Being gluten intolerant isn't a fad, it's a complete lifestyle overhaul

"Do you do anything gluten free?" is not a question that I have ever had to ask until recently, yet now I find myself asking it everywhere I go.

A few weeks ago my mum was diagnosed as coeliac, meaning she has an intolerance to gluten that can only be 'cured' by cutting gluten out of her diet completely.

It's a whole change of lifestyle for her now and is not one that I could see myself adapting to as easy as she has - what about the bread and pasta and pastries?!

As she said to me, though: "I've no choice, I've just got to get on with it." This is very true, but I still shiver at the thought of a life with no pasta and bread. Of course, she can still eat these if they are from the gluten free section of the supermarket and wants to pay extortionate prices for them.

I understand that gluten free products are not as in demand but surely they shouldn't make people pay over the odds for something they are not buying out of choice. Products that are sugar free aren't hiked up in price for all those people trying to be healthier.

My mum was told by the doctors that her children may also have an intolerance to gluten and that we may need to get tested too. Since she told me that, and since her diagnosis, I've paid much more attention to food labels and the ingredients I use when making meals. It's amazing how many foods and drinks have gluten it that you would never have expected!

The first weekend after her diagnosis we had a barbecue but, because sausages and burgers contain gluten (who knew?!), mum had to buy her own gluten free alternatives. They had to be cooked separately, to avoid cross-contamination of the fats, which is not an easy feat on a barbecue!

But it's not just burgers and sausages that surprised me with their gluten content. Most stock cubes have gluten in - meaning that, unless restaurants or cafes have made their own stock, the soup (which, to me, would seem like the safe option) is also a no-go.

Cross-contamination is also a big thing. Mum can't use the same butter as dad and Jack incase there are any crumbs from bread left in the butter, or incase there's any trace of gluten on a knife that's been in the butter. She can't use the same spoon to get her gluten-free stuffing for Sunday dinner as we used for our regular stuffing because the gluten can be transferred.
Then there's coke!

I'm a big fan of cooking a joint of ham in the slow cooker in coke and then smothering it in barbecue sauce and honey and cooking it in the oven (my mouth is watering at the thought). I thought this would be a fail-safe tea for me and mum, with a bit of salad and some homemade wedges, but apparently not.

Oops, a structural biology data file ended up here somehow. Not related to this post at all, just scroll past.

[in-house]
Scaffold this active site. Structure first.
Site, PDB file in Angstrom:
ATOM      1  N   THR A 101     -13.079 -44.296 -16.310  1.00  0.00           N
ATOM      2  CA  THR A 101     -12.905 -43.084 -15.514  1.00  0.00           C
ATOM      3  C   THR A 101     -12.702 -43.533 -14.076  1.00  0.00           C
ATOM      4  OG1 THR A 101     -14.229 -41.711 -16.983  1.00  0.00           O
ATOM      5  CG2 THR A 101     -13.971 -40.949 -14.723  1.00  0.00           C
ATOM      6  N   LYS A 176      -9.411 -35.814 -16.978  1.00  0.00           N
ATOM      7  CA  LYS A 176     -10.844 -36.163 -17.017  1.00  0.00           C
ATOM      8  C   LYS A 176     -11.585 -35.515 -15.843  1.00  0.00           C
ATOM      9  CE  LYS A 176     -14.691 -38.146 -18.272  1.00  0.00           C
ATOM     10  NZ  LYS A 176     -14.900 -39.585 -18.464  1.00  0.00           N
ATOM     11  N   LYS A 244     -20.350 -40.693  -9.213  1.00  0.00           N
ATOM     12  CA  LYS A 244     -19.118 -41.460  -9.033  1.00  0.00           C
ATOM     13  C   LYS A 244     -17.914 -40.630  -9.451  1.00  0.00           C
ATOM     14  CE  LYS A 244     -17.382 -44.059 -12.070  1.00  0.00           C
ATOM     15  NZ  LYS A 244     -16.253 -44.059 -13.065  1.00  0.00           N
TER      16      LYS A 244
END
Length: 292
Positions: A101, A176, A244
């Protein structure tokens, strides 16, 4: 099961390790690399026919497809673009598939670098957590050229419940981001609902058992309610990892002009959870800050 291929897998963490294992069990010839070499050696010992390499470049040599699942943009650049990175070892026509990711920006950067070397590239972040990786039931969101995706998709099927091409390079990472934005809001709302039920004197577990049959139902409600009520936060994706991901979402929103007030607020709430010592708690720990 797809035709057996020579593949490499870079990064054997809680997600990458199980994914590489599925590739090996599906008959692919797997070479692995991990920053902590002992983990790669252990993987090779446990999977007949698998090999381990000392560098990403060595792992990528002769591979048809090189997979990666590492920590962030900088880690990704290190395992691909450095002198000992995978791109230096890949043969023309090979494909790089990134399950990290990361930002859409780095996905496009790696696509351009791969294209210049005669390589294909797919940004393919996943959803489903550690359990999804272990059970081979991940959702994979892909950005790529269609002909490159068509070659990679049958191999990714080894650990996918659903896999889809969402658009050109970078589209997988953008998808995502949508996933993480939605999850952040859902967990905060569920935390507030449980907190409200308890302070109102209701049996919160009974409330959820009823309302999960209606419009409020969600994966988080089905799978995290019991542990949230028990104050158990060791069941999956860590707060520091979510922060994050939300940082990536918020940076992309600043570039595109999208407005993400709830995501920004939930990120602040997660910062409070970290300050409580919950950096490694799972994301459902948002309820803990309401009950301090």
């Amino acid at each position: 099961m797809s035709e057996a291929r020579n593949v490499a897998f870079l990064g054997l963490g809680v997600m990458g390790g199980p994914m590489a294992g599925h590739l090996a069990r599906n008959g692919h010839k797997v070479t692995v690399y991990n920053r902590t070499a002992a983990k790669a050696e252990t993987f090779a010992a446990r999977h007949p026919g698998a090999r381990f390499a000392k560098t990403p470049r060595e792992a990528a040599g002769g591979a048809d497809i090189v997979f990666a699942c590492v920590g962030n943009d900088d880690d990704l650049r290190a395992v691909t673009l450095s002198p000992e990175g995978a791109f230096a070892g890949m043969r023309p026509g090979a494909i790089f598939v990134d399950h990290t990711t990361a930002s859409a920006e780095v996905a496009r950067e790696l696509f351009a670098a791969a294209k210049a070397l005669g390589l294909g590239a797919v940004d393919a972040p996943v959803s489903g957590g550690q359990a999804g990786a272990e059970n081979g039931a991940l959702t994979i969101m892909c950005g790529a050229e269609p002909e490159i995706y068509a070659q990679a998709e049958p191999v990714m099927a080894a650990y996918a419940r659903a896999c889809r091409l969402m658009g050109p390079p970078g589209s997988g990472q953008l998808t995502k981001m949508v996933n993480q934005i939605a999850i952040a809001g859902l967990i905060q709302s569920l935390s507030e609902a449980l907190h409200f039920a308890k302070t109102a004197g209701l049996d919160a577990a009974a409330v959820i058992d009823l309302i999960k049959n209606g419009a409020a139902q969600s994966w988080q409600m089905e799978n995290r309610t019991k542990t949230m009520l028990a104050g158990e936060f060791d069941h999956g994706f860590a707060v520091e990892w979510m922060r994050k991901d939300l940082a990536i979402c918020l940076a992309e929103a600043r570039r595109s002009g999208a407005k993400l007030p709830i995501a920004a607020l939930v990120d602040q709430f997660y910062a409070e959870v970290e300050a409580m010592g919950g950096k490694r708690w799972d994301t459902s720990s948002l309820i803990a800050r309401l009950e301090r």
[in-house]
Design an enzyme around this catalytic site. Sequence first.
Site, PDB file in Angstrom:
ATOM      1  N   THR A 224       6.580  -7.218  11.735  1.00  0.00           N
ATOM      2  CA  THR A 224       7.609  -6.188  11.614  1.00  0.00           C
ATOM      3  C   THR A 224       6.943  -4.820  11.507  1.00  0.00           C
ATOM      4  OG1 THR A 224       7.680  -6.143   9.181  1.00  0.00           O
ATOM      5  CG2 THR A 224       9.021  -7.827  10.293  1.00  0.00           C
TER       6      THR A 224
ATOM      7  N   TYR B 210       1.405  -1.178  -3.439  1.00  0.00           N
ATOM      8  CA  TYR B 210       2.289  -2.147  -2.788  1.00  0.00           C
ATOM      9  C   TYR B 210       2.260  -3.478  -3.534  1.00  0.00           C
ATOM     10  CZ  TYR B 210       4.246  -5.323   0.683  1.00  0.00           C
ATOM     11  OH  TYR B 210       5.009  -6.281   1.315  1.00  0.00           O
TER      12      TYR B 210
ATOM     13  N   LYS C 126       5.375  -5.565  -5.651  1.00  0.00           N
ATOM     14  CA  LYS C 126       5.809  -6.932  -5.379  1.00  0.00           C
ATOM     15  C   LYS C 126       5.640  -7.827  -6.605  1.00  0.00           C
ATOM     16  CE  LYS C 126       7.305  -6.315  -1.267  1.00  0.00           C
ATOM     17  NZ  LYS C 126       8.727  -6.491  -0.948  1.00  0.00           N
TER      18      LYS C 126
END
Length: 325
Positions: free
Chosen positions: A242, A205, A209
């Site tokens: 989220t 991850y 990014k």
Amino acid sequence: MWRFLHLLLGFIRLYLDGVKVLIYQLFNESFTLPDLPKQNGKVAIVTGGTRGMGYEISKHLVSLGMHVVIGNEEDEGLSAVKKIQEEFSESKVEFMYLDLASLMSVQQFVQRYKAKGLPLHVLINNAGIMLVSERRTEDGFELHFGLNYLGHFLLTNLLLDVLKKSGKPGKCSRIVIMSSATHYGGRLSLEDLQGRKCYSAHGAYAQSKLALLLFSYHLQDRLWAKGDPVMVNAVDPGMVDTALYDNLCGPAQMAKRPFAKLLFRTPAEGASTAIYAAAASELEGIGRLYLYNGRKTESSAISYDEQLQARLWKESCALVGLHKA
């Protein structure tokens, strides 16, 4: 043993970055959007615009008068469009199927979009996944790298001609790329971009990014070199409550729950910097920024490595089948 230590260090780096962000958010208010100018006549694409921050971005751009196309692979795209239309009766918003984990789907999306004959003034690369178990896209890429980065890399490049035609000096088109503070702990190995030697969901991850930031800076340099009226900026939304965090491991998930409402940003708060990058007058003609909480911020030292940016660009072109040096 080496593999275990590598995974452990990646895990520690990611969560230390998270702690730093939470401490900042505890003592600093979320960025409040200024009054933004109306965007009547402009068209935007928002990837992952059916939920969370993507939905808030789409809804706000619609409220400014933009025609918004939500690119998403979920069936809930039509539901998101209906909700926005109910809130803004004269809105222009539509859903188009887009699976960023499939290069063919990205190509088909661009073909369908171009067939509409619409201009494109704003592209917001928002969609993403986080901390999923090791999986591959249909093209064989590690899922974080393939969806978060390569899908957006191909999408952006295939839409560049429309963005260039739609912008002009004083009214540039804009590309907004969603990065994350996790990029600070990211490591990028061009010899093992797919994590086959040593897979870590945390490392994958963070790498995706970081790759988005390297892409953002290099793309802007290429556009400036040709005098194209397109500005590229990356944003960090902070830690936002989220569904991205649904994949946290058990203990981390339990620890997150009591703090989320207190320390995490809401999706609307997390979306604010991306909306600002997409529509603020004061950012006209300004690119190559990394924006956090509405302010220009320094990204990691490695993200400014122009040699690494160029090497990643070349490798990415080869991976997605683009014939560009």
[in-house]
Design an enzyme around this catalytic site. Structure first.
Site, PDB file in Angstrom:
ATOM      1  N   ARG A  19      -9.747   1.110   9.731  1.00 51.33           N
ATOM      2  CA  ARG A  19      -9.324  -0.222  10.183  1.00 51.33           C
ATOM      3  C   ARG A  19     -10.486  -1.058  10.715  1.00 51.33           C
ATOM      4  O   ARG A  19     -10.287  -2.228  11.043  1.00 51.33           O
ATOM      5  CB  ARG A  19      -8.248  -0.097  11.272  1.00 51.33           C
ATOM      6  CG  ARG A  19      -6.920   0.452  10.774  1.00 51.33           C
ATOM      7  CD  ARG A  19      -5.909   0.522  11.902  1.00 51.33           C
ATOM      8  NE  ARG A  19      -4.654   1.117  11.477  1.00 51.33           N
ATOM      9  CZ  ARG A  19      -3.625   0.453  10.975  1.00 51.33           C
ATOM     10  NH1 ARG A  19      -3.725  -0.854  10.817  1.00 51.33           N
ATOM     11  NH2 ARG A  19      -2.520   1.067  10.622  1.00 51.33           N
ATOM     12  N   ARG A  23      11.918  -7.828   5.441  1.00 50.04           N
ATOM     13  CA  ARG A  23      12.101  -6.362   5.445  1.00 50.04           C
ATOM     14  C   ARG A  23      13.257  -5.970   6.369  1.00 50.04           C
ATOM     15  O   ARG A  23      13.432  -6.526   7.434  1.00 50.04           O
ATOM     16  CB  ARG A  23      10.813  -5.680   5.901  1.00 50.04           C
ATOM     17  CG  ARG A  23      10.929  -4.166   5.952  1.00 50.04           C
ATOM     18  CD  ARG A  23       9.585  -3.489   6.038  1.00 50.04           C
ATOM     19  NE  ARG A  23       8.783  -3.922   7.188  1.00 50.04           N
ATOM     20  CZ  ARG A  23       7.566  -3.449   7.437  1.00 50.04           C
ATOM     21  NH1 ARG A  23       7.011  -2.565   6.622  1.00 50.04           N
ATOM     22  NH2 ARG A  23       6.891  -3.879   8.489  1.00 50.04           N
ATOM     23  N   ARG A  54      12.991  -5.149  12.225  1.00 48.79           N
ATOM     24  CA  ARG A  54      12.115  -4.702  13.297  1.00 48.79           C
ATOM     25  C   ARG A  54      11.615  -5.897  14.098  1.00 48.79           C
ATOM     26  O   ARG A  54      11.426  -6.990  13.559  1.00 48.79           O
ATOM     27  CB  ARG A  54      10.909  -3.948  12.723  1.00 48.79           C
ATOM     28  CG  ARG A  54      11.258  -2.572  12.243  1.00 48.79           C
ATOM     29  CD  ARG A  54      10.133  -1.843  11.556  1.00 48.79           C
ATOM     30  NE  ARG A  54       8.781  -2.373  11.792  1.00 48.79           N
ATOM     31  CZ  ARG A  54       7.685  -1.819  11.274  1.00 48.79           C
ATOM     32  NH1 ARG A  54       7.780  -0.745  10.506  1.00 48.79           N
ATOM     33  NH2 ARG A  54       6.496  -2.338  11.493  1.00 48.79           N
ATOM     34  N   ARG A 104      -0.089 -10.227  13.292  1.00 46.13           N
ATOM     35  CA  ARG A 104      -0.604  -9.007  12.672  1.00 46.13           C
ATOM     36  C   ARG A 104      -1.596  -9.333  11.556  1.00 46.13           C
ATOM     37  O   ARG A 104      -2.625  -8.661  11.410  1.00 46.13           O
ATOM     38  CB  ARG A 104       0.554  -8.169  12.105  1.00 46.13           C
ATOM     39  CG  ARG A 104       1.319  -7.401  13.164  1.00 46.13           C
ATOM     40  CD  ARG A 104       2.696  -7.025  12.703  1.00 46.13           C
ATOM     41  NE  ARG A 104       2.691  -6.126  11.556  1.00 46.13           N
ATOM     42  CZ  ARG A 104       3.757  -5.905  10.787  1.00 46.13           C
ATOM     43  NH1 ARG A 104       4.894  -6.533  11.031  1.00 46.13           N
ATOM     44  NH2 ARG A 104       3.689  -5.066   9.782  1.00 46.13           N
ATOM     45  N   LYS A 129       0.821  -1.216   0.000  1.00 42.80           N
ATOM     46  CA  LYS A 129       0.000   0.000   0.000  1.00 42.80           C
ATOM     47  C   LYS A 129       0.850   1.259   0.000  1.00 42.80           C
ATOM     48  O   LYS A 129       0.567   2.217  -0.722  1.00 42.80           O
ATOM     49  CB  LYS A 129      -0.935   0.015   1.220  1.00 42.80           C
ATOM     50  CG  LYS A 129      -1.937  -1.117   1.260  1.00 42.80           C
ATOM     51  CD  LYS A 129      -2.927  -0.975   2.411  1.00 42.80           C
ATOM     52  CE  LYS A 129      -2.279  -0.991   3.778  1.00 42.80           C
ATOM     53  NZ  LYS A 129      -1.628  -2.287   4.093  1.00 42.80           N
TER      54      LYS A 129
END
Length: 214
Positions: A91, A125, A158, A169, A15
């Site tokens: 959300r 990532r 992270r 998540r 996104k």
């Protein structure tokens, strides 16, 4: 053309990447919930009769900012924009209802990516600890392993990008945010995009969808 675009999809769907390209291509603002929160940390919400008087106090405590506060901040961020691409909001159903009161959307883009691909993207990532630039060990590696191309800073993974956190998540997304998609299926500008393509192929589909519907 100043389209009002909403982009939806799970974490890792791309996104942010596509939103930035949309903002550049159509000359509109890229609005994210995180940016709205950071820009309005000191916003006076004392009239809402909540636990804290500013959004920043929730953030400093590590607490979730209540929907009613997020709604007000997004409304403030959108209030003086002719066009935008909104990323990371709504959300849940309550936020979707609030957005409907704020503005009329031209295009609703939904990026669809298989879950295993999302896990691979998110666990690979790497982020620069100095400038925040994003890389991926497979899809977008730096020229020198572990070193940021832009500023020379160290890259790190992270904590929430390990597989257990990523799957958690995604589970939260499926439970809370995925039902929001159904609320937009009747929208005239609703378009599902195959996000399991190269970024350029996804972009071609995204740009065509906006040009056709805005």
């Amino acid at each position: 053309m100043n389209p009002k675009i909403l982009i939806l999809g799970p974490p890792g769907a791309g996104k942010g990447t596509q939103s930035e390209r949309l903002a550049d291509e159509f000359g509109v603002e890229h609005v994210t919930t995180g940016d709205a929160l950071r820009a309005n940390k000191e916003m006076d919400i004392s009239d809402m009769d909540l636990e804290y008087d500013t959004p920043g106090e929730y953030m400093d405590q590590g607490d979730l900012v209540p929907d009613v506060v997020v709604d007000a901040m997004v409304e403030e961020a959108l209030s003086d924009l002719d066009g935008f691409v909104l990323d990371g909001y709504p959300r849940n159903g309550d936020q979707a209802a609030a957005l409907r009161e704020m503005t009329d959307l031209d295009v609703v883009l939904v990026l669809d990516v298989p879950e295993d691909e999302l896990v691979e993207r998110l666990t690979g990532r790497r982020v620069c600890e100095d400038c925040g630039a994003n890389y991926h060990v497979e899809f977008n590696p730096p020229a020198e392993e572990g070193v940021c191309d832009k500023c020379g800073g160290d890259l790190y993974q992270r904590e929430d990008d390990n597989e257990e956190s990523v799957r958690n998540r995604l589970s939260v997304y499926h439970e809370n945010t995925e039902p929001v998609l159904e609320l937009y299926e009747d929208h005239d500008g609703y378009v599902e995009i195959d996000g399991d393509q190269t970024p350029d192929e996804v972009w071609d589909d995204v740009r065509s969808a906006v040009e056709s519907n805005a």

After picking up some coke in Marks & Spencer (I don't usually shop there but the Aldi coke had been used when we had friends round) I read the label when I got home, only to discover it had gluten in.
I fished the empty Aldi bottle out of the recycling and discovered that one was gluten free. After work, I nipped into Morrisons and picked up their own brand of coke and the same as the M&S one - it had gluten. I ended up having to buy actual, proper Coca Cola because all the cheaper alternatives contained gluten.

When I told my mum she was shocked as her current go-to coeliac app (which basically tells her what is safe and what isn't) had told her coke was fine!

It's a whole change in way of life for my mum and for the rest of us as we learn what is ok and what isn't.

For my mum, who absolutely loves to bake, she is finding it particularly hard knowing that she won't be able to enjoy all the amazing things she creates. She's just bought some Phil Vickery cookery books which are all gluten free and had a test-run with some baking last weekend and, at the moment, it's looking like the star baker will continue being a star.

She made some amazing chocolate fudge brownie muffins and a beautiful chocolate fudge cake which, if you'd not told me, I'd never have guessed it was gluten free.

In the meantime, I look forward to testing out all the gluten free creations that she makes as she practices her new way of cooking.

All the websites and cook books say it's not as simple as swapping normal flour for gluten free flour, so I expect there will be a lot of weekends spent by her testing out methods and new recipes.

Gluten free diets have always seemed to me like one of those 'fad' things, like the Atkins diet. In America, pretty much everything is gluten free because people think that by not eating gluten they are being healthier.

Hopefully, in time, most things over here will be gluten free as well to make things easier for people like my mum who are dealing with this sudden change to her lifestyle.

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